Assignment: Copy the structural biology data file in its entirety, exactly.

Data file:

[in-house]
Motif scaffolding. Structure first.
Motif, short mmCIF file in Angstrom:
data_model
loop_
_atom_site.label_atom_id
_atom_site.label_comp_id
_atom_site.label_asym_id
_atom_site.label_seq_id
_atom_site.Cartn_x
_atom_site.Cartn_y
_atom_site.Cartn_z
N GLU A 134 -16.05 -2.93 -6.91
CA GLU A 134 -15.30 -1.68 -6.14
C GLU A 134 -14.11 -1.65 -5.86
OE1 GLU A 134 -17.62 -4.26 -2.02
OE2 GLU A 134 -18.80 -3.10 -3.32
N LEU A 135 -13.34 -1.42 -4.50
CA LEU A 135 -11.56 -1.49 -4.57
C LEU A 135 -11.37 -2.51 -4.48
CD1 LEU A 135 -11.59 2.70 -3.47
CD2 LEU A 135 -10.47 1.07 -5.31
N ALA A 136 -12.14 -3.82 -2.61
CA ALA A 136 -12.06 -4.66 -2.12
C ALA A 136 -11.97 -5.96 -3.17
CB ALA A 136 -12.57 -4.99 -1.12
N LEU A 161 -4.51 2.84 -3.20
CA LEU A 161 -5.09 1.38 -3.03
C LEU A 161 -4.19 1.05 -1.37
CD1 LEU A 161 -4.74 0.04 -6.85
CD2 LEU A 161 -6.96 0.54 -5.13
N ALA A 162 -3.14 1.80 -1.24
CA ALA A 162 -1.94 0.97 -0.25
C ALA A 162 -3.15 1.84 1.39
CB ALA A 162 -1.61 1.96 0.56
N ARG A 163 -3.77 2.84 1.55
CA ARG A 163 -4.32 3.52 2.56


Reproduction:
[in-house]
Motif scaffolding. Structure first.
Motif, short mmCIF file in Angstrom:
data_model
loop_
_atom_site.label_atom_id
_atom_site.label_comp_id
_atom_site.label_asym_id
_atom_site.label_seq_id
_atom_site.Cartn_x
_atom_site.Cartn_y
_atom_site.Cartn_z
N GLU A 134 -16.05 -2.93 -6.91
CA GLU A 134 -15.30 -1.68 -6.14
C GLU A 134 -14.11 -1.65 -5.86
OE1 GLU A 134 -17.62 -4.26 -2.02
OE2 GLU A 134 -18.80 -3.10 -3.32
N LEU A 135 -13.34 -1.42 -4.50
CA LEU A 135 -11.56 -1.49 -4.57
C LEU A 135 -11.37 -2.51 -4.48
CD1 LEU A 135 -11.59 2.70 -3.47
CD2 LEU A 135 -10.47 1.07 -5.31
N ALA A 136 -12.14 -3.82 -2.61
CA ALA A 136 -12.06 -4.66 -2.12
C ALA A 136 -11.97 -5.96 -3.17
CB ALA A 136 -12.57 -4.99 -1.12
N LEU A 161 -4.51 2.84 -3.20
CA LEU A 161 -5.09 1.38 -3.03
C LEU A 161 -4.19 1.05 -1.37
CD1 LEU A 161 -4.74 0.04 -6.85
CD2 LEU A 161 -6.96 0.54 -5.13
N ALA A 162 -3.14 1.80 -1.24
CA ALA A 162 -1.94 0.97 -0.25
C ALA A 162 -3.15 1.84 1.39
CB ALA A 162 -1.61 1.96 0.56
N ARG A 163 -3.77 2.84 1.55
CA ARG A 163 -4.32 3.52 2.56